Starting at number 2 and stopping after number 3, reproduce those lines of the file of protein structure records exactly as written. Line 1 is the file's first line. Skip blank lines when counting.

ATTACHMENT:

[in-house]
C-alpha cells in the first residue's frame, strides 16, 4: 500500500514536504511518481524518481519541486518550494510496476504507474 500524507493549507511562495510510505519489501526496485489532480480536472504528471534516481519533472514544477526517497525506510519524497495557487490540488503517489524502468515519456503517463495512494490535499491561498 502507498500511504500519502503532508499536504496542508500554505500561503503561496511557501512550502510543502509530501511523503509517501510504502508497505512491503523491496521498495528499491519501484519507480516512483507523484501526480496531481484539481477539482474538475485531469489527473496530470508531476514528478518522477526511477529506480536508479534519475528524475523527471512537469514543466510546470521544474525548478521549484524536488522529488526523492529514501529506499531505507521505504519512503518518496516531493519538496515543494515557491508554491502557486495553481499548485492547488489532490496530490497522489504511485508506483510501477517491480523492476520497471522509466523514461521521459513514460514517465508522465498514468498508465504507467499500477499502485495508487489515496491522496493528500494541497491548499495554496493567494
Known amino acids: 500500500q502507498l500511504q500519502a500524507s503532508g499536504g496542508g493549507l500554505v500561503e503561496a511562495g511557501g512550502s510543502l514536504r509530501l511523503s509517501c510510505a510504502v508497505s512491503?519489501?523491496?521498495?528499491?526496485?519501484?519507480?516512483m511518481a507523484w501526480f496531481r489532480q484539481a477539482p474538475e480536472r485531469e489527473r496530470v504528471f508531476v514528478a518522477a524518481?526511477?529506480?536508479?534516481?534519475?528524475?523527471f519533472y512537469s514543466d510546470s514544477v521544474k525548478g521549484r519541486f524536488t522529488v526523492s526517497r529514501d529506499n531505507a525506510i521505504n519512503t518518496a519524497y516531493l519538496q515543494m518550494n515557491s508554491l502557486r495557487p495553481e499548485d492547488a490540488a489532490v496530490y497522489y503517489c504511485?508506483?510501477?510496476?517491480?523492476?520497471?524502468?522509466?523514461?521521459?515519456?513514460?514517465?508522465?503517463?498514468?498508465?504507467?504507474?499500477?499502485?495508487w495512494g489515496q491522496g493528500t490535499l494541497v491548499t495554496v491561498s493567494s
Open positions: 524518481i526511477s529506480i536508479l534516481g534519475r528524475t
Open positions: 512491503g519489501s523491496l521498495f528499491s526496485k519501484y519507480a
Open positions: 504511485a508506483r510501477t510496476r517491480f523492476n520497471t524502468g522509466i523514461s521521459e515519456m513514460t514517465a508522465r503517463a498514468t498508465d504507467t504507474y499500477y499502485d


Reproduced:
C-alpha cells in the first residue's frame, strides 16, 4: 500500500514536504511518481524518481519541486518550494510496476504507474 500524507493549507511562495510510505519489501526496485489532480480536472504528471534516481519533472514544477526517497525506510519524497495557487490540488503517489524502468515519456503517463495512494490535499491561498 502507498500511504500519502503532508499536504496542508500554505500561503503561496511557501512550502510543502509530501511523503509517501510504502508497505512491503523491496521498495528499491519501484519507480516512483507523484501526480496531481484539481477539482474538475485531469489527473496530470508531476514528478518522477526511477529506480536508479534519475528524475523527471512537469514543466510546470521544474525548478521549484524536488522529488526523492529514501529506499531505507521505504519512503518518496516531493519538496515543494515557491508554491502557486495553481499548485492547488489532490496530490497522489504511485508506483510501477517491480523492476520497471522509466523514461521521459513514460514517465508522465498514468498508465504507467499500477499502485495508487489515496491522496493528500494541497491548499495554496493567494
Known amino acids: 500500500q502507498l500511504q500519502a500524507s503532508g499536504g496542508g493549507l500554505v500561503e503561496a511562495g511557501g512550502s510543502l514536504r509530501l511523503s509517501c510510505a510504502v508497505s512491503?519489501?523491496?521498495?528499491?526496485?519501484?519507480?516512483m511518481a507523484w501526480f496531481r489532480q484539481a477539482p474538475e480536472r485531469e489527473r496530470v504528471f508531476v514528478a518522477a524518481?526511477?529506480?536508479?534516481?534519475?528524475?523527471f519533472y512537469s514543466d510546470s514544477v521544474k525548478g521549484r519541486f524536488t522529488v526523492s526517497r529514501d529506499n531505507a525506510i521505504n519512503t518518496a519524497y516531493l519538496q515543494m518550494n515557491s508554491l502557486r495557487p495553481e499548485d492547488a490540488a489532490v496530490y497522489y503517489c504511485?508506483?510501477?510496476?517491480?523492476?520497471?524502468?522509466?523514461?521521459?515519456?513514460?514517465?508522465?503517463?498514468?498508465?504507467?504507474?499500477?499502485?495508487w495512494g489515496q491522496g493528500t490535499l494541497v491548499t495554496v491561498s493567494s